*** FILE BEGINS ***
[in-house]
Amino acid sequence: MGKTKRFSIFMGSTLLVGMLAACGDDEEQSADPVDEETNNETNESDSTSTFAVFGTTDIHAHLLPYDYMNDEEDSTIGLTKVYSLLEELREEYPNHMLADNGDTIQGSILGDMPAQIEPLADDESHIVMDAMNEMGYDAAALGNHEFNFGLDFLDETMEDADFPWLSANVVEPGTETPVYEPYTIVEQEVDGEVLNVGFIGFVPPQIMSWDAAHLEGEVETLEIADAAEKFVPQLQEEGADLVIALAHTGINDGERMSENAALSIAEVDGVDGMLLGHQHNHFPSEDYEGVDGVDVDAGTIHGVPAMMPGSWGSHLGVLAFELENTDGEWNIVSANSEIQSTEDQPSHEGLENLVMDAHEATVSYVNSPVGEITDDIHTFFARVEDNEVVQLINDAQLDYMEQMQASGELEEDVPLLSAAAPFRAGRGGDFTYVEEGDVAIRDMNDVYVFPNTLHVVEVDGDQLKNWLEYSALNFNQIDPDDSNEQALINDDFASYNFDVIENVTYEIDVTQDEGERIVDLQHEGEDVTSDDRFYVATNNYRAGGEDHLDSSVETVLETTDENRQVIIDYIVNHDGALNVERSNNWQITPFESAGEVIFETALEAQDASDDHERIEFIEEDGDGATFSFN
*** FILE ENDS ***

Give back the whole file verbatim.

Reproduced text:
[in-house]
Amino acid sequence: MGKTKRFSIFMGSTLLVGMLAACGDDEEQSADPVDEETNNETNESDSTSTFAVFGTTDIHAHLLPYDYMNDEEDSTIGLTKVYSLLEELREEYPNHMLADNGDTIQGSILGDMPAQIEPLADDESHIVMDAMNEMGYDAAALGNHEFNFGLDFLDETMEDADFPWLSANVVEPGTETPVYEPYTIVEQEVDGEVLNVGFIGFVPPQIMSWDAAHLEGEVETLEIADAAEKFVPQLQEEGADLVIALAHTGINDGERMSENAALSIAEVDGVDGMLLGHQHNHFPSEDYEGVDGVDVDAGTIHGVPAMMPGSWGSHLGVLAFELENTDGEWNIVSANSEIQSTEDQPSHEGLENLVMDAHEATVSYVNSPVGEITDDIHTFFARVEDNEVVQLINDAQLDYMEQMQASGELEEDVPLLSAAAPFRAGRGGDFTYVEEGDVAIRDMNDVYVFPNTLHVVEVDGDQLKNWLEYSALNFNQIDPDDSNEQALINDDFASYNFDVIENVTYEIDVTQDEGERIVDLQHEGEDVTSDDRFYVATNNYRAGGEDHLDSSVETVLETTDENRQVIIDYIVNHDGALNVERSNNWQITPFESAGEVIFETALEAQDASDDHERIEFIEEDGDGATFSFN